Researchers in the U.K. see a bright forecast for the value of e-scrap materials and the Malaysian government has launched a mobile phone collection campaign.

Bangladesh's plan to introduce digital technology to improve the lives of citizens holds promise, but the country should plan now for the wave of e-waste it will help create. That's according to two business consultants, who say the majority of e-scrap in the country of 157 million people is collected, separated and processed in the informal sector.

Researchers in the U.K. say the value of recycled materials from e-scrap is expected to increase by the year 2020 to more than 3.5 billion euros, or nearly $3.9 billion at current exchange rates. That's up from about 2 billion euros in 2014. A summary of the study was published at Phys.org.

The Indian government wants to place e-scrap collection bins at schools in the city of Kochi and teach students about the importance of e-scrap recycling, according to The Times of India. The urban affairs department plans to work with the Clean Kerala Co. to install boxes in schools and at art and engineering colleges.

The Malaysian Telecommunications and Multimedia Commission has launched a mobile phone take-back program, aiming to educate the public on the importance of e-scrap recycling. The Sun Daily reports the commission will place 72 recycling boxes at telecommunications offices around the country.

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Patent watch

Wed, 08/19/2015 - 16:15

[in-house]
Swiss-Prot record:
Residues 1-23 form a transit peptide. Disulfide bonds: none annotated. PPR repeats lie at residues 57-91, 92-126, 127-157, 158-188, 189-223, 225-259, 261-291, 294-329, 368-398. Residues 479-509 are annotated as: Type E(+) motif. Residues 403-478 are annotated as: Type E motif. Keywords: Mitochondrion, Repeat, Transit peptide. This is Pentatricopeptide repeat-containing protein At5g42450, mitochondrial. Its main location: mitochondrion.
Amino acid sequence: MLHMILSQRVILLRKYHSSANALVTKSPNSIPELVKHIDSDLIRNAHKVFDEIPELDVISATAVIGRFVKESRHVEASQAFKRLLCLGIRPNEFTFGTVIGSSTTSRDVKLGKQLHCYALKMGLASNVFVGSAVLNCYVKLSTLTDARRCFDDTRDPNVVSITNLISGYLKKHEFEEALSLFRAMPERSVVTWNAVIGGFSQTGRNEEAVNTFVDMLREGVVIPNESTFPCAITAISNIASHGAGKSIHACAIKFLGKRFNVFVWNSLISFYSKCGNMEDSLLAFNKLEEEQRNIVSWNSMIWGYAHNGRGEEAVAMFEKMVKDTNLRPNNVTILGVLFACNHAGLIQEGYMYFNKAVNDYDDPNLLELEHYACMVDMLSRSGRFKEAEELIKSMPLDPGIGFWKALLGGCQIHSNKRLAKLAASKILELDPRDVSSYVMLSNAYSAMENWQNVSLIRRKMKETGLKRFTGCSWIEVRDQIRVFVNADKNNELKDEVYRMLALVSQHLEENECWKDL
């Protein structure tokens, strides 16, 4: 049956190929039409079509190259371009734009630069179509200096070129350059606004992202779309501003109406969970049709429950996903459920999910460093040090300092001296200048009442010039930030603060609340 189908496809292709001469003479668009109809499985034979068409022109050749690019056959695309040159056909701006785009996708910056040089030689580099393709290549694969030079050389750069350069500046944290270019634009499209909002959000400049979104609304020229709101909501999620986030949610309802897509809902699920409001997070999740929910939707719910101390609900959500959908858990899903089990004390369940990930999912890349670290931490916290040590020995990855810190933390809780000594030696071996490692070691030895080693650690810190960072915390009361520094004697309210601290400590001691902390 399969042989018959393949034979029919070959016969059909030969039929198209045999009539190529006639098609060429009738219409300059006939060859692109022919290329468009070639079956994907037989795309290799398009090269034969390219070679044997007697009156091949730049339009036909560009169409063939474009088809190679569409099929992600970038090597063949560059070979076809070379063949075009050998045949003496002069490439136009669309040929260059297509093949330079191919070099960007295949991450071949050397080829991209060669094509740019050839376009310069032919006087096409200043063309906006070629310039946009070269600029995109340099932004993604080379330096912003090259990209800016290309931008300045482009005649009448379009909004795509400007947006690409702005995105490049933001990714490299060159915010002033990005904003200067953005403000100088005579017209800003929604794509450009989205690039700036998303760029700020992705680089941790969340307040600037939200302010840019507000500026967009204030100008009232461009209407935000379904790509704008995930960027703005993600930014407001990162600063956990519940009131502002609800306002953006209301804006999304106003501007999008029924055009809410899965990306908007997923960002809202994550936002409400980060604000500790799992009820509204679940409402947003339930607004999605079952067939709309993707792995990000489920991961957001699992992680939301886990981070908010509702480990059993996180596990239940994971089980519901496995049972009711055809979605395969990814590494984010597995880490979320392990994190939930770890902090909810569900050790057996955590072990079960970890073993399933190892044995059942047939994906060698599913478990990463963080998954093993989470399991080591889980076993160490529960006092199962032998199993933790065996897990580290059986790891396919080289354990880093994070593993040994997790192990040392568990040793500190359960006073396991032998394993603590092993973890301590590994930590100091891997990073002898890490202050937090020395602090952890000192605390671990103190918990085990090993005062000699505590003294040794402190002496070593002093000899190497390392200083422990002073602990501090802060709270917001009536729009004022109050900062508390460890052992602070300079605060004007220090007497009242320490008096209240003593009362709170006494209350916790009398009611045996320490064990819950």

Patent watch

August 20, 2015

Vantaa, Finland's MariCap Oy has developed a method of identifying waste and recyclable materials via RFID tagging systems for simpler sortation and was awarded Patent No. 9,090,399.

An acoustic tracking tag for scrap electronics is the subject of Patent No. 9,111,154, given to Wilmington, Del.-based Empire Technology Development LLC.

Koninklijke Philips N.V., headquartered in Eindhoven, Netherlands, has developed a printed circuit board assembly that is designed for ease of disassembly for e-scrap processors and was given Patent No. 9,113,584.

Rahul Nagpaul from Mumbai, India was awarded Patent Application No. 20150174626 for a method of taking processed waste electrical and electronic equipment and using it to make bricks to be used as building materials.

For more information on these or any patents, please consult the U.S. Patent Office database at http://patft.uspto.gov/.

Copies of patents can be ordered by number for $3 each from the Commissioner of Patents and Trademarks, P.O. Box 1450, Alexandria, VA, 22313-1450.

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Certification scorecard

Wed, 08/19/2015 - 16:14
Certification scorecard

August 20, 2015

With the roster of companies attaining third-party certifications or audits continuing to grow, E-Scrap News has compiled a roundup of the firms announcing certification this past week.

Asset LifeCycle LLC is now certified to ISO 14001, OHSAS 18001 and R2:2013 at its facilities in Topeka and Osage City, Kan.

Adelante Document Destruction Services of Albuquerque, N.M. and Green Team Shred-Safe of Pooraka, Australia have either achieved or renewed their NAID Certifications for Physical Destruction of Hard Drives.

E-Scrap News has added OHSAS 18001 and NAID AAA into its certification directory, as well as moved the directory online. If your firm recently completed these certifications, a CHWMEG audit or an ISO 9001, ISO 14001, R2, RIOS or e-Stewards certification, e-mail dleif@resource-recycling.com to be included in this section and in E-Scrap News' directory. The full directory is available here.